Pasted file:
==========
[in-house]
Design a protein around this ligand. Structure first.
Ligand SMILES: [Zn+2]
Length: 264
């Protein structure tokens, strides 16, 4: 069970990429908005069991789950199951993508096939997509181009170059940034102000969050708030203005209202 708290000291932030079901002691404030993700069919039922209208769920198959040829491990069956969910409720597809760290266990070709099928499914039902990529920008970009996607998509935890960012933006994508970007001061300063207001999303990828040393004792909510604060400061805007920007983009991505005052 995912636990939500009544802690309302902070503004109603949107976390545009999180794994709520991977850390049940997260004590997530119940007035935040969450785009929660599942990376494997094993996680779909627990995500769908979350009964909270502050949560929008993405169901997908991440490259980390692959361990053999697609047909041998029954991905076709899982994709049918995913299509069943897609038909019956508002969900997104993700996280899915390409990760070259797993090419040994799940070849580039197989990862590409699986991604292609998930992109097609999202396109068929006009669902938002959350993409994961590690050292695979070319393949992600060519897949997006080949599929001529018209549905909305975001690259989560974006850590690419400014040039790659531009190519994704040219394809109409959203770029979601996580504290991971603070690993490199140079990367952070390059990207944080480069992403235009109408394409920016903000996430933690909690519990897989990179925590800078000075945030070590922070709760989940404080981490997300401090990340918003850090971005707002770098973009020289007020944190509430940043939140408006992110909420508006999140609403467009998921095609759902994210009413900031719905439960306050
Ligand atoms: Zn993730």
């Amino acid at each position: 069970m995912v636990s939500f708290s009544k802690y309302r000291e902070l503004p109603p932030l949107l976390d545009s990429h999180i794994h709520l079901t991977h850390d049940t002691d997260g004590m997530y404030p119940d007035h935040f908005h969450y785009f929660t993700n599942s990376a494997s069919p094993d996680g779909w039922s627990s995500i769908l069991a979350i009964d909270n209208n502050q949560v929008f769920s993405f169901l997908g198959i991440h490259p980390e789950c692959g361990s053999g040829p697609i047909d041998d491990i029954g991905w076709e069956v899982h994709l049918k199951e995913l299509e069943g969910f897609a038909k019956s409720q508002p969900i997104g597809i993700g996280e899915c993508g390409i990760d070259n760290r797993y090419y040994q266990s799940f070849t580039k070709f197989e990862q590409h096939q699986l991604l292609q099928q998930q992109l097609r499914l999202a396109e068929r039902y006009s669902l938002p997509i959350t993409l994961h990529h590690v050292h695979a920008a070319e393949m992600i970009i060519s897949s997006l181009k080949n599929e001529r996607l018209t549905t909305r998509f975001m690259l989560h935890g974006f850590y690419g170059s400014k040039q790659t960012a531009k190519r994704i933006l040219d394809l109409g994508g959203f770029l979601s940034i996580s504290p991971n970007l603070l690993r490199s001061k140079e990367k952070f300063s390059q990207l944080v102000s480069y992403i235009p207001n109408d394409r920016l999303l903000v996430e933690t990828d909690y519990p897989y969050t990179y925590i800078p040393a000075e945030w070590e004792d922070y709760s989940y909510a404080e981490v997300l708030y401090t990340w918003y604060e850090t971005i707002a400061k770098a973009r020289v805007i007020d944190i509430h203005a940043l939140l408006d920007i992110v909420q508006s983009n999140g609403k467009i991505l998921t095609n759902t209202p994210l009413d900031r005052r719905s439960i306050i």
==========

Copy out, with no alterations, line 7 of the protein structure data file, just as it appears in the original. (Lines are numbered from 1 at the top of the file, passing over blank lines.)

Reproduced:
């Amino acid at each position: 069970m995912v636990s939500f708290s009544k802690y309302r000291e902070l503004p109603p932030l949107l976390d545009s990429h999180i794994h709520l079901t991977h850390d049940t002691d997260g004590m997530y404030p119940d007035h935040f908005h969450y785009f929660t993700n599942s990376a494997s069919p094993d996680g779909w039922s627990s995500i769908l069991a979350i009964d909270n209208n502050q949560v929008f769920s993405f169901l997908g198959i991440h490259p980390e789950c692959g361990s053999g040829p697609i047909d041998d491990i029954g991905w076709e069956v899982h994709l049918k199951e995913l299509e069943g969910f897609a038909k019956s409720q508002p969900i997104g597809i993700g996280e899915c993508g390409i990760d070259n760290r797993y090419y040994q266990s799940f070849t580039k070709f197989e990862q590409h096939q699986l991604l292609q099928q998930q992109l097609r499914l999202a396109e068929r039902y006009s669902l938002p997509i959350t993409l994961h990529h590690v050292h695979a920008a070319e393949m992600i970009i060519s897949s997006l181009k080949n599929e001529r996607l018209t549905t909305r998509f975001m690259l989560h935890g974006f850590y690419g170059s400014k040039q790659t960012a531009k190519r994704i933006l040219d394809l109409g994508g959203f770029l979601s940034i996580s504290p991971n970007l603070l690993r490199s001061k140079e990367k952070f300063s390059q990207l944080v102000s480069y992403i235009p207001n109408d394409r920016l999303l903000v996430e933690t990828d909690y519990p897989y969050t990179y925590i800078p040393a000075e945030w070590e004792d922070y709760s989940y909510a404080e981490v997300l708030y401090t990340w918003y604060e850090t971005i707002a400061k770098a973009r020289v805007i007020d944190i509430h203005a940043l939140l408006d920007i992110v909420q508006s983009n999140g609403k467009i991505l998921t095609n759902t209202p994210l009413d900031r005052r719905s439960i306050i």